2007-12-28 / Travel

It is through asking questions that truth is discovered.

- Mende Proverb
By Lisa Randle RandleL@cofc.edu

This scene (in W. O. Blake, The History of   Slavery and the Slave Trade. 1858) depicts the branding of an enslaved woman by traders after her purchase in Africa.Most traders used iron- forged letters and symbols heated to red hot temperatures. Usually the brands were placed on a person's back or lower neck. This scene (in W. O. Blake, The History of Slavery and the Slave Trade. 1858) depicts the branding of an enslaved woman by traders after her purchase in Africa.Most traders used iron- forged letters and symbols heated to red hot temperatures. Usually the brands were placed on a person's back or lower neck. On February 28- 29, 2008, Savannah will host a symposium of special significance,

The Atlantic

World and African American

Life and Culture in

the Georgia Lowcountry,

18th to the 20th Century.

Sponsoring the event are Savannah State University, Armstrong Atlantic State University, Georgia Southern University, Georgia Historical Society, and the Ossabaw Island Foundation. Partners include the King Tisdale Cottage Foundation and the Coastal Heritage Society.

When speaking of the African American experience in the Lowcountry, most writers begin with a passing nod to the stretch of coast from Georgetown, S.C., to Cumberland Island, Ga., and then focus their attention on South Carolina.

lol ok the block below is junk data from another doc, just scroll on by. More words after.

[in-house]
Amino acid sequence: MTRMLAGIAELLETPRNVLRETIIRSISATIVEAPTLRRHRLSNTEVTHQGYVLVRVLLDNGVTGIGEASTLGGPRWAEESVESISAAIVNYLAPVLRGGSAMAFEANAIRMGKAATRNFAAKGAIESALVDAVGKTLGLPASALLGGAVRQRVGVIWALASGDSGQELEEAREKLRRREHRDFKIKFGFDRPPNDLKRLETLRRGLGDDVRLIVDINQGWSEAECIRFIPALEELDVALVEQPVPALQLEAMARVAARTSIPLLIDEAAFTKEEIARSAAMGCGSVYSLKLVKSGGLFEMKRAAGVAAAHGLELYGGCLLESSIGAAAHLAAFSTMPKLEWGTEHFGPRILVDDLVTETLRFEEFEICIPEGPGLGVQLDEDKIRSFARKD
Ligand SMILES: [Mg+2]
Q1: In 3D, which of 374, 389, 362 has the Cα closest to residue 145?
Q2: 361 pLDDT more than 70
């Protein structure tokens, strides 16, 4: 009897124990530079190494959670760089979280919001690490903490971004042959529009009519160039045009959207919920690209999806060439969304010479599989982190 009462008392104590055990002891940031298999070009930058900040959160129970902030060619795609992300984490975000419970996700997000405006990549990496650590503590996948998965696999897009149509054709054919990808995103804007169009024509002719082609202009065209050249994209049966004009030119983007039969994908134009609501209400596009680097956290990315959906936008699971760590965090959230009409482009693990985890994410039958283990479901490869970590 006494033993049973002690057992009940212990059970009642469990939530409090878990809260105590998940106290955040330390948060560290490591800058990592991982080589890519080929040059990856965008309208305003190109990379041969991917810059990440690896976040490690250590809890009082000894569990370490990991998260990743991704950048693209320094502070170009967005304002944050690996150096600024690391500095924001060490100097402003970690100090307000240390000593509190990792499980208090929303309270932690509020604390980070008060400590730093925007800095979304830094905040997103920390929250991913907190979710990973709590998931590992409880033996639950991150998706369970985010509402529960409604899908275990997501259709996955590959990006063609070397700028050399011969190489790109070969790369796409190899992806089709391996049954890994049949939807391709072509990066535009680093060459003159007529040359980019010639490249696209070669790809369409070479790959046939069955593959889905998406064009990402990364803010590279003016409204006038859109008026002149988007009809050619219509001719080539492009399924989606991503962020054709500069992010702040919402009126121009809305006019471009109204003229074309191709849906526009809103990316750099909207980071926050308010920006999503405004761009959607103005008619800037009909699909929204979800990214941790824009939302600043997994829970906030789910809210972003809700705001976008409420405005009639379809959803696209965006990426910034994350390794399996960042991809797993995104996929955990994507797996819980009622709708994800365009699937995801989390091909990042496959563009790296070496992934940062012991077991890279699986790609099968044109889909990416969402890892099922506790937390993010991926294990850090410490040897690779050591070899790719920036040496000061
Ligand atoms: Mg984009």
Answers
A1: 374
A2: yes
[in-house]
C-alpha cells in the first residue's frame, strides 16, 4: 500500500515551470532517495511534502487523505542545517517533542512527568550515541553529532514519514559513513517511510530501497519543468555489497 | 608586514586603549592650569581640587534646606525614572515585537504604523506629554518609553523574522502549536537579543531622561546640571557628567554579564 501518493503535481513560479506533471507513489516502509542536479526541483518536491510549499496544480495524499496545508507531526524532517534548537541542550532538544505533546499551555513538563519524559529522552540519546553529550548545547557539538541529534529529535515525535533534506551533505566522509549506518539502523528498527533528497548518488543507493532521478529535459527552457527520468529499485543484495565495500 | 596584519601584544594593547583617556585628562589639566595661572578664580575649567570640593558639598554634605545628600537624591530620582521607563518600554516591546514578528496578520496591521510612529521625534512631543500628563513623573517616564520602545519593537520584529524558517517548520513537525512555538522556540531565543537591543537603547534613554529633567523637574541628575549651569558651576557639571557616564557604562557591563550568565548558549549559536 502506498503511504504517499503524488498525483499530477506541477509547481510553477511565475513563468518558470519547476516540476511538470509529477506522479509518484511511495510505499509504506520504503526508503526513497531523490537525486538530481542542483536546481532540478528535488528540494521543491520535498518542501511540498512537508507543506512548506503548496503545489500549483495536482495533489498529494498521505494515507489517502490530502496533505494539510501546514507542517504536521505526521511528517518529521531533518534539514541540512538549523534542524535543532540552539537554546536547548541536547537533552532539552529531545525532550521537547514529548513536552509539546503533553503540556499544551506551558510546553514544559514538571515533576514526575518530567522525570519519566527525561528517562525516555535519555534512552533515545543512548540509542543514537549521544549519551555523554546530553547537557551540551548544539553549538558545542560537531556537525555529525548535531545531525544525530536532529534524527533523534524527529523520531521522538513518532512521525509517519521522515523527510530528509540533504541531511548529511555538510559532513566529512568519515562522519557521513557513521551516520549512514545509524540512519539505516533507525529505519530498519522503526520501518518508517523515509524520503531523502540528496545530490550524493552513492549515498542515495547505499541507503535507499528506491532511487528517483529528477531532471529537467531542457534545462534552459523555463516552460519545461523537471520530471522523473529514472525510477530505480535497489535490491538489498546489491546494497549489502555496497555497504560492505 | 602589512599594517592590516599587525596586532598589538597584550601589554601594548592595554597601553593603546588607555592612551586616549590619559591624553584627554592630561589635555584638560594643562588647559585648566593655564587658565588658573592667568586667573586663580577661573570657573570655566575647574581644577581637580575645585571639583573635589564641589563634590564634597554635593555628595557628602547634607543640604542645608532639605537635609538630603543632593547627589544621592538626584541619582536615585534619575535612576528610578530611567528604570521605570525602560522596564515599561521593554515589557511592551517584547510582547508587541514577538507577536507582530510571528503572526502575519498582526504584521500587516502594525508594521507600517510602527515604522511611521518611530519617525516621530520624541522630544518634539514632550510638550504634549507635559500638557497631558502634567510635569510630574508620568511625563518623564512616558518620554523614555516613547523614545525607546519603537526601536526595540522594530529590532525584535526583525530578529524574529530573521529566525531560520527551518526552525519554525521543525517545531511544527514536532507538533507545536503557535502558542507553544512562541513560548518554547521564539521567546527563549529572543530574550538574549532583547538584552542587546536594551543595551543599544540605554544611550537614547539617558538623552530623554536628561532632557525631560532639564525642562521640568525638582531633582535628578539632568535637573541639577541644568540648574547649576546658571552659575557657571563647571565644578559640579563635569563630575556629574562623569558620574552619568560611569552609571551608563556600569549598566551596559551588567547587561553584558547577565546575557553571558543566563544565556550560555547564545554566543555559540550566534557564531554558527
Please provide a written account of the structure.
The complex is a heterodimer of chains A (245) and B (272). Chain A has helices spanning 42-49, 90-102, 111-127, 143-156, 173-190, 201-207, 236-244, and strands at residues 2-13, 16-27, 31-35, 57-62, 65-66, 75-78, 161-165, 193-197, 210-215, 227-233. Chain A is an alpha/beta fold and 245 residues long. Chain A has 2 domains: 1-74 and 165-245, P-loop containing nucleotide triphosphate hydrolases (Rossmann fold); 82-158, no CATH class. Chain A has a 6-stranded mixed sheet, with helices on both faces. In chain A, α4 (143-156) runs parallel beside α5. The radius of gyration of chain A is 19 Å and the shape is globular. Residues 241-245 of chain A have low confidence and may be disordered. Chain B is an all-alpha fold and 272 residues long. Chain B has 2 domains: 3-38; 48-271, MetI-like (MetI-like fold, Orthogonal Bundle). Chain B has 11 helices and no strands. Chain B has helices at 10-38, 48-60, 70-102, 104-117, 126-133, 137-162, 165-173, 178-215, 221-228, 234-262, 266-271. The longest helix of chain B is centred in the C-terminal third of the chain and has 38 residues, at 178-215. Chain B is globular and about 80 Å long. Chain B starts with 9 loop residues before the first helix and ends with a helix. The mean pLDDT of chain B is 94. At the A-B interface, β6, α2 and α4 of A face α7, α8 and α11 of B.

The Georgia coast has been relatively neglected. And yet the experience of African Americans in the Lowcountry, both urban and rural, was an important one, not only for the ways it replicated the traditions, culture, and patterns of its neighbor but possessed its own unique identity. This symposium, featuring 10 of the leading voices in the field, will provide a much- needed forum for new directions and new scholarship on African- American life in the Georgia Lowcountry and its place in the larger Atlantic world. Themes include: • Georgia in the Black Atlantic

• Enslaved Georgia women during the Revolutionary era

• African American religious survivals on the coast

• Muslim presence in the Georgia Lowcountry

• Human relations and family life as reflected in the archaeology of coastal plantations

• Reconstruction on Ossabaw Island

• Community build ing in post- Civil War Savannah

• Sustainability of Gullah- Geechee culture in today's world.

Speakers for the event include:

• Emory Campbell, Penn Center, St. Helena Island

• Erskine Clarke, Columbia Theological Seminary

• David Brion Davis, Yale University

• Allison Dorsey, Swathmore College

• Michael Gomez, New York University

• Jacqueline Jones, Brandeis University • Phillip Morgan, Johns Hopkins University

• Tim Powell, University of Pennsylvania

• Theresa Singleton, Syracuse University

• Betty Wood, Cambridge University

The event will take place at the DeSoto Hilton Hotel. There is a $3 processing fee.

At the reception Wednesday evening, Cornelia Bailey of Hog Hammock will give words of welcome, and the McIntosh County Shouters will perform.

On Thursday night, there is a Lowcountry Boil at the Owens Thomas House.

For further information, contact www.ossabawisland. org or call 912- 233-5104.

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